This month I went to the NW Flower and Garden Show in Seattle. It's always such a treat to look forward to! I get inspired by the creativity and color. I buy lily and dahlia bulbs and dream of gardens of flowers. This year's theme centered around the movies and the gardens came to life inspired by everything from Alien to a side by side His and Hers 1950s romance garden that made me think of a Katherine Hepburn and Spencer Tracy movie. Another had a western theme with stick horses tied up to the rail. What fun! I'd love to be part of a group that designs and builds a show garden together.
Imagine the logistics of such a large show! I have experienced being co-chair of a public quilt show with 500 quilts plus a couple dozen vendors (in fact I'm in the middle of that again this year for the show in March). It's certainly not at the scale of the garden show, but I have some small idea of the months of effort and the work that goes into getting a show together and opening the doors to an appreciative audience. The garden show has a video that shows time lapse of the giant empty convention center filling up with truckloads of rock, sawdust, plants, and mulch as the gardens are built. It's astounding!
But all of that is the mental side of it. What gets to me every time is the actual visceral reaction I have when I first walk into the Garden Show. Every year the entrance walk is filled with a Spring display that plays with the senses and catches my deep and desperate yearnings for Spring and Sun and Warm Earth. I try to fight it but by late January I'm struggling. Then February arrives and I walk into the Garden show and the scent of fragrant hyacinths hits me full on - and no matter how much I tell myself that I'm a mature adult and won't be overwhelmed, every year I choke up and tears well up when the hyacinths catch me. In fact, I can choke up just thinking of it. It's embarrassing! It's like an addict needing a fix. Flower scents! Colors! Growth! Sun!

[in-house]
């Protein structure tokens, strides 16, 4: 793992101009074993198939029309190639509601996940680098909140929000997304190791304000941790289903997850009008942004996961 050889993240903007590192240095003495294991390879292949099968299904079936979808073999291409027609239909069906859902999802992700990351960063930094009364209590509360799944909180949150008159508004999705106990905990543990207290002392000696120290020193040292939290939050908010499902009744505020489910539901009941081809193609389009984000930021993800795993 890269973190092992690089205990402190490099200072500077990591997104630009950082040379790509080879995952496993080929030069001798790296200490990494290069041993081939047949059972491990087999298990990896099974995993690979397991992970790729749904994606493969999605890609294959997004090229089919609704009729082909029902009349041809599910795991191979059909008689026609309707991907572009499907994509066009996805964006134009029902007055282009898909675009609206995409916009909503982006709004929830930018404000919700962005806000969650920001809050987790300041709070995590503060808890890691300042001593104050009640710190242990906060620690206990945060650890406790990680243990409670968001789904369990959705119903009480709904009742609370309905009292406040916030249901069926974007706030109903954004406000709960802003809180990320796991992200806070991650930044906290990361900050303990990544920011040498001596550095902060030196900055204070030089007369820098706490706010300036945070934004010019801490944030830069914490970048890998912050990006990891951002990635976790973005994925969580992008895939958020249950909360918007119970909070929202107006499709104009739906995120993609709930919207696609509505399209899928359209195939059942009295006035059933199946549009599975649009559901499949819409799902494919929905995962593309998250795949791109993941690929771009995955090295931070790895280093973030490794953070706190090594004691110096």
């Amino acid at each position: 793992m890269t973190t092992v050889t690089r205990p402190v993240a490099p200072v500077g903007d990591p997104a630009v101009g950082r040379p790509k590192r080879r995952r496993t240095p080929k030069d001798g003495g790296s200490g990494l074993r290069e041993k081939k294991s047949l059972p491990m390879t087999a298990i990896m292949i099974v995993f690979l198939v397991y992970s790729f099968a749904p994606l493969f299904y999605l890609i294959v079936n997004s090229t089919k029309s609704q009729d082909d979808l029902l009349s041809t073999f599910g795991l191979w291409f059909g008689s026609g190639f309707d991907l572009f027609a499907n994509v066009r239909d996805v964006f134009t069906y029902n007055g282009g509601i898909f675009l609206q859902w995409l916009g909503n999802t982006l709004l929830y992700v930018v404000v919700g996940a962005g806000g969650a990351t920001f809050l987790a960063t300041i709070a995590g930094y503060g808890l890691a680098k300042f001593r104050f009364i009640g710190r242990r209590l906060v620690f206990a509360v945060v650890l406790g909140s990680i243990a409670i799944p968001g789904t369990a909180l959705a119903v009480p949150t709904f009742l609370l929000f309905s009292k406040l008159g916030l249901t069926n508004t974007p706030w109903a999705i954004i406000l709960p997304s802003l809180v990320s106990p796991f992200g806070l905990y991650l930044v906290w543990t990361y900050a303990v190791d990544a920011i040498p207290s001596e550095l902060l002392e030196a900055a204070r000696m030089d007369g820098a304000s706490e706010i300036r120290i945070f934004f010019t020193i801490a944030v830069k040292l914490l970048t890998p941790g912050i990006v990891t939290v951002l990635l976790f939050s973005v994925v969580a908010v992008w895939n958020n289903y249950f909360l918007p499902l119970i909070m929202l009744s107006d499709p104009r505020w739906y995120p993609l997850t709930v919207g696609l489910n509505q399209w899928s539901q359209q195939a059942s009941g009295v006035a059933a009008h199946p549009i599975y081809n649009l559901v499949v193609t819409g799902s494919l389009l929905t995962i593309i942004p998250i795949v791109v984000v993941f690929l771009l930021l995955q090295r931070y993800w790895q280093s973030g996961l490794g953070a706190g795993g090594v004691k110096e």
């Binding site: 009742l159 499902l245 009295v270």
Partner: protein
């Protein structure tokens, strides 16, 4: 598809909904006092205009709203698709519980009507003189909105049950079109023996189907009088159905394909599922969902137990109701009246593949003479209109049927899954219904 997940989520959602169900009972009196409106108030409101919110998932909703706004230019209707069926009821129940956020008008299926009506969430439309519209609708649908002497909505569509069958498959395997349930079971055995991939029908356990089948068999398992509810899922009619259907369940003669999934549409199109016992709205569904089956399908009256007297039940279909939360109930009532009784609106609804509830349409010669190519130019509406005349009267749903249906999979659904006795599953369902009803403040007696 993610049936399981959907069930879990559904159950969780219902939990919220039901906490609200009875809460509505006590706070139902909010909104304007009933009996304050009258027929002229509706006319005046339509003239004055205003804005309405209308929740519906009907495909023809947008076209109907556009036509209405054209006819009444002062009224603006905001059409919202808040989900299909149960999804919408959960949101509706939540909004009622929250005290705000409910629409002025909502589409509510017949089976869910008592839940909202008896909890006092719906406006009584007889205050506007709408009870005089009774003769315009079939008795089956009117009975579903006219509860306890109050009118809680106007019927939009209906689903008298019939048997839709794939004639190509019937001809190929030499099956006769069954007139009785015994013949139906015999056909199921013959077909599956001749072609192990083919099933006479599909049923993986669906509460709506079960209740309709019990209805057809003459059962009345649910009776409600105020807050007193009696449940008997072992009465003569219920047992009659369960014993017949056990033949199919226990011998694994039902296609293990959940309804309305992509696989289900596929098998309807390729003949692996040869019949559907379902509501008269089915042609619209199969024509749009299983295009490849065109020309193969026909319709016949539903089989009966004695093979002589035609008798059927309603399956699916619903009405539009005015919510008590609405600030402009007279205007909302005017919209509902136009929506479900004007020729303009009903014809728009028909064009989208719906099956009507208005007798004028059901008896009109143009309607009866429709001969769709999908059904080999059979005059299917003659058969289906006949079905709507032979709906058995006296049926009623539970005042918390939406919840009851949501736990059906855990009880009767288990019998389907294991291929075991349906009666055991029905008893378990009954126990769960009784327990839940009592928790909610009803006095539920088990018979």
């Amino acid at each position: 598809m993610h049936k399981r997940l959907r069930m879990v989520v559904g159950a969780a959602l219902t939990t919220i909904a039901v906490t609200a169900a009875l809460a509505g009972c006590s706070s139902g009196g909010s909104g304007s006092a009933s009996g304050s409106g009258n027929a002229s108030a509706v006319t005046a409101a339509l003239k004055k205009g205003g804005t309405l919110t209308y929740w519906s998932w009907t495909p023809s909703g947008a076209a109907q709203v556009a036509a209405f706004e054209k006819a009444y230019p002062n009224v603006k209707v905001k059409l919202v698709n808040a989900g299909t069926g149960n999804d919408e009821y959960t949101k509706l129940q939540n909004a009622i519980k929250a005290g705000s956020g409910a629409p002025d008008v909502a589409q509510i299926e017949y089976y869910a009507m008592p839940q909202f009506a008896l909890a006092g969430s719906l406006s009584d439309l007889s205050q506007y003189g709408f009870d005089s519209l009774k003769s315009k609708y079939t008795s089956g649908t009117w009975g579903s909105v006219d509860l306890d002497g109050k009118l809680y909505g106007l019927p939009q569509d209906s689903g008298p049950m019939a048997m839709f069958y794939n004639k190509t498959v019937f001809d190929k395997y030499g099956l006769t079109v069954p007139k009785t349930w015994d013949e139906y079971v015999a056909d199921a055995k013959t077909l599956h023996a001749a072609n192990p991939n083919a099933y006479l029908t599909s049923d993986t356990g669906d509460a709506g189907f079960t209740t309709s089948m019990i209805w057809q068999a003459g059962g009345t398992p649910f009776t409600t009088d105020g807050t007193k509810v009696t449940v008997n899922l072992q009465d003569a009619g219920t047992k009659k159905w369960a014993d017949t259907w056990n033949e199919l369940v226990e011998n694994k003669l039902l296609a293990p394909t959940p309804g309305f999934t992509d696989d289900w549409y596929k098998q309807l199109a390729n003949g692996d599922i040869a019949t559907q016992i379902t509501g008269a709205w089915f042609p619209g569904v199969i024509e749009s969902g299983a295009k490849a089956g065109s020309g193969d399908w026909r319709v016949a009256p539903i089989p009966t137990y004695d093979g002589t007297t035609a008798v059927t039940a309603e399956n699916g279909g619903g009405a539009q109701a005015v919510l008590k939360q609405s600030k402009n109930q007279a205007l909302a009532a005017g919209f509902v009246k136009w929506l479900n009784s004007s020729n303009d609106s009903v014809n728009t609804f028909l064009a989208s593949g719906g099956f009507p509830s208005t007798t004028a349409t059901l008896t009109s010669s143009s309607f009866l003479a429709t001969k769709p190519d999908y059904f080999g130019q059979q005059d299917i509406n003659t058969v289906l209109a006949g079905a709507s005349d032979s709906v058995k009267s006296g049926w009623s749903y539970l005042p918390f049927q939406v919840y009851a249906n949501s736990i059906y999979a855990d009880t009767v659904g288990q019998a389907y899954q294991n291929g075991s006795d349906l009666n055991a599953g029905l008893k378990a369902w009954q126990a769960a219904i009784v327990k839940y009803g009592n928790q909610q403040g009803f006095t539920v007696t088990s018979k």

Northwest winters don't have much snow, sometimes we have none. We don't get real cold. We really can't complain compared to some areas of the country that have devastatingly harsh weather.
But - they have Sun. Capital "S" - Sun! And Blue Sky! Splashing off of snow banks, streaming through windows. Sun you can stand by the window and warm your toes in. Instead of gray drizzling thick wet clouds that hover just above trees for months, some people see Sun and Blue Sky in winter. (I wonder if people in other parts of the country even know the treasure that they live with?)
Now I love the NW and raindrops have their appeal. The overlapping and expanding concentric circles of drops in puddles, the shimmery wetness - all attractive, and in early winter when we get a simple ray of light to bounce off of the drops hanging from everything it can be a sparkling and soothing moment. But by mid to late winter there aren't enough sparkling moments and I am like a bulb pushing up through wet earth - in synch with the season I NEED Light like I need water to quench a thirst.
So Thank you Garden Show! I will hold onto my dahlia and Lily bulbs, dream of longer days, click my heels together and chant - Let it be Spring, Let it be Spring, Let it be Spring......and once again I'll push through winter until the real deal finally comes along.